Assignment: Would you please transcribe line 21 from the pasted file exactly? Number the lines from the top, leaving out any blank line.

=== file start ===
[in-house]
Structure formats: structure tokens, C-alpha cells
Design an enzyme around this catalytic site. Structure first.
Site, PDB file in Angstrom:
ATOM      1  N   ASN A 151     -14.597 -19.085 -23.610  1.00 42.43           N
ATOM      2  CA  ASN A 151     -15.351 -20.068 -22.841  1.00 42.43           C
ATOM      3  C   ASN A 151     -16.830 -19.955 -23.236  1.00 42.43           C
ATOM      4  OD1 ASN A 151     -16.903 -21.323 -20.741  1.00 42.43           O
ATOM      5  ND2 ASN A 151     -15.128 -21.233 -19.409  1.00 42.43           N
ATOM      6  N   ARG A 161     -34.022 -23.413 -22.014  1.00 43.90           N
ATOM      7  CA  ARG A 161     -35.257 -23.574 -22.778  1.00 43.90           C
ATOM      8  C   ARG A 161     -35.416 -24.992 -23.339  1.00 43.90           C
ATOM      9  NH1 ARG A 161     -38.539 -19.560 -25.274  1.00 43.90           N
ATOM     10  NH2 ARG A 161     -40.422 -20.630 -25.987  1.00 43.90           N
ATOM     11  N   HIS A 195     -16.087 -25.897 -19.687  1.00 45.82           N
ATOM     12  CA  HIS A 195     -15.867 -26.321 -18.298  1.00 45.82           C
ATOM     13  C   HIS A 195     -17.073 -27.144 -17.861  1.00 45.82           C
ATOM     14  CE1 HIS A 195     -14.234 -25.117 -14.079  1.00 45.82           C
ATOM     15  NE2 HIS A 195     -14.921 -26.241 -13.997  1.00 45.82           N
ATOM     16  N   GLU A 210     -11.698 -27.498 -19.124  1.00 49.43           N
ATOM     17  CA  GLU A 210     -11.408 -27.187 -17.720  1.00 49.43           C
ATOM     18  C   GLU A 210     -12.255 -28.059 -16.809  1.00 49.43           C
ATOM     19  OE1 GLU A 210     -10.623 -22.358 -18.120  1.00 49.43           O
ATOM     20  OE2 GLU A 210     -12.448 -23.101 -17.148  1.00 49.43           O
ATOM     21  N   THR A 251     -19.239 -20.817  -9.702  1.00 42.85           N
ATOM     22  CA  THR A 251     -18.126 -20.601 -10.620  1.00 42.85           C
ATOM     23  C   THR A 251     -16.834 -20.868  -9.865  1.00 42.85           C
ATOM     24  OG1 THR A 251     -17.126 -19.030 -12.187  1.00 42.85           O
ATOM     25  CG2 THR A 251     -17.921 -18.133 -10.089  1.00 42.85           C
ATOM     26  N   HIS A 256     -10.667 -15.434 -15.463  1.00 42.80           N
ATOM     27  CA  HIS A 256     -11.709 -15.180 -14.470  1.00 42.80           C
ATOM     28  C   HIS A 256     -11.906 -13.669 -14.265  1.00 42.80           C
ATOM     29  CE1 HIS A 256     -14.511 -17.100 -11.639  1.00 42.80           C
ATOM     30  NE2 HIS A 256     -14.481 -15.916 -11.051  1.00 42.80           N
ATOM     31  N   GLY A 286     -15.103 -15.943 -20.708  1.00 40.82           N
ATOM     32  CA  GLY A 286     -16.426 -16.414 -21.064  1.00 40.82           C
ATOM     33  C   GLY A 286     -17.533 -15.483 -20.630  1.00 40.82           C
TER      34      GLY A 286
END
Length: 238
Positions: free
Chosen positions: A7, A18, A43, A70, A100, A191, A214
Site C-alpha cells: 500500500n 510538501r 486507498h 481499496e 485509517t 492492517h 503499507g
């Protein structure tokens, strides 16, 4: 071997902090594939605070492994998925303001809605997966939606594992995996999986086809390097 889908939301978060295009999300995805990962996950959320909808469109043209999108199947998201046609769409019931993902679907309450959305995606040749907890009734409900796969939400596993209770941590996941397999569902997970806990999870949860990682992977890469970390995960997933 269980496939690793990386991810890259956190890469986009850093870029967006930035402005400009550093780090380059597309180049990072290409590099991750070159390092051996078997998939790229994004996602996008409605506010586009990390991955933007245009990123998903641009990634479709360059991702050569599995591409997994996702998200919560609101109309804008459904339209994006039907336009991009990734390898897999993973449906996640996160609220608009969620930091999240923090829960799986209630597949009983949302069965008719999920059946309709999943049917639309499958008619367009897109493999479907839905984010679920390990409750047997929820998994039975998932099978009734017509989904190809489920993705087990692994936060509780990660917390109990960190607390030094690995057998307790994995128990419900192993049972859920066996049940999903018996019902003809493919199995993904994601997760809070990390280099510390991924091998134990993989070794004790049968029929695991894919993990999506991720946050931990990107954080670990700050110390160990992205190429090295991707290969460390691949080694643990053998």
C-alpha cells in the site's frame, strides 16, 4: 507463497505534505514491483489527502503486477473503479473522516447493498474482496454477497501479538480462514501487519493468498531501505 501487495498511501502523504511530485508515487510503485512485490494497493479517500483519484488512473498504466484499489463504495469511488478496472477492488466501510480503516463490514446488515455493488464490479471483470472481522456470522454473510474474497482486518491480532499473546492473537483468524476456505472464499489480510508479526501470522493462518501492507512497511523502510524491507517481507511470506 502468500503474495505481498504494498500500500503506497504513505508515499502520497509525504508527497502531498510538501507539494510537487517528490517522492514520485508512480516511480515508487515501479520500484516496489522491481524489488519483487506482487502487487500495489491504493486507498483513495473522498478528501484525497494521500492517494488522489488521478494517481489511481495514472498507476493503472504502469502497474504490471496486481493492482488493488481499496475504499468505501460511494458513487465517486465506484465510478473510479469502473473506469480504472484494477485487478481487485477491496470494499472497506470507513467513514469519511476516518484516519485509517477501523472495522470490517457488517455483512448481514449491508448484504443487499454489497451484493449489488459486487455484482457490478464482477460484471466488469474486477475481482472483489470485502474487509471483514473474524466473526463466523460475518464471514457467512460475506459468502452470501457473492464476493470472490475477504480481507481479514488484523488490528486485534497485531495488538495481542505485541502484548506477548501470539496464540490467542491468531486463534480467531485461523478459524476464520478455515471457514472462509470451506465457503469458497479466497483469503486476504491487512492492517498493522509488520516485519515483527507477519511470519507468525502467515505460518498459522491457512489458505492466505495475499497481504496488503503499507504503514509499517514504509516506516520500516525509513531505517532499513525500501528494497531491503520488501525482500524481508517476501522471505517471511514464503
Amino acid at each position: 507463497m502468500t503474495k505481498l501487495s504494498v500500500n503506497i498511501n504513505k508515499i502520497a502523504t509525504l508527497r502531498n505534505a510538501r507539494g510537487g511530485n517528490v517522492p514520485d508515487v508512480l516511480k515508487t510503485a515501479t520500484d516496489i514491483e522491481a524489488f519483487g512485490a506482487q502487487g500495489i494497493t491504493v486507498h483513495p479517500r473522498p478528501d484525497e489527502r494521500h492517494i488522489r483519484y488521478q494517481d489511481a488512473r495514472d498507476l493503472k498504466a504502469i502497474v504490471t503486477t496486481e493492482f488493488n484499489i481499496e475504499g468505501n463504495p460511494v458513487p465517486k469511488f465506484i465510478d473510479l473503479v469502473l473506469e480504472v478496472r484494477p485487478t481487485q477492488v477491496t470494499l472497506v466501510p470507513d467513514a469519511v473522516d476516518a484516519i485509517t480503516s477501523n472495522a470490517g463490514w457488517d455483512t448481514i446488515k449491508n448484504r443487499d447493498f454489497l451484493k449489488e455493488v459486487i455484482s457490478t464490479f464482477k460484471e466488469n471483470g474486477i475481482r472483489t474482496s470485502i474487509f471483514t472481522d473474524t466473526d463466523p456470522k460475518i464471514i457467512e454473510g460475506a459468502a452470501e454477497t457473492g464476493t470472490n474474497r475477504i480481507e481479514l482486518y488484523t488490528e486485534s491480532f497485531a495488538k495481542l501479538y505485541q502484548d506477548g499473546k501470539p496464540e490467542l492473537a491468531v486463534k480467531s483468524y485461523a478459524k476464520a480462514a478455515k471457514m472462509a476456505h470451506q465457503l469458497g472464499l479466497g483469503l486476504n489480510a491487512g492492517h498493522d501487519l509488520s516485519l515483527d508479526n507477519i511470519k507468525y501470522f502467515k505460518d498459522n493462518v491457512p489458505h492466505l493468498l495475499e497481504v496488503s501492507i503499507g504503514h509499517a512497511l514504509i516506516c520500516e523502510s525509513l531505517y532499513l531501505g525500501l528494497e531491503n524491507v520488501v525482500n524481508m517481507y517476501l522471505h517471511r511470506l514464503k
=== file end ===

ATOM     17  CA  GLU A 210     -11.408 -27.187 -17.720  1.00 49.43           C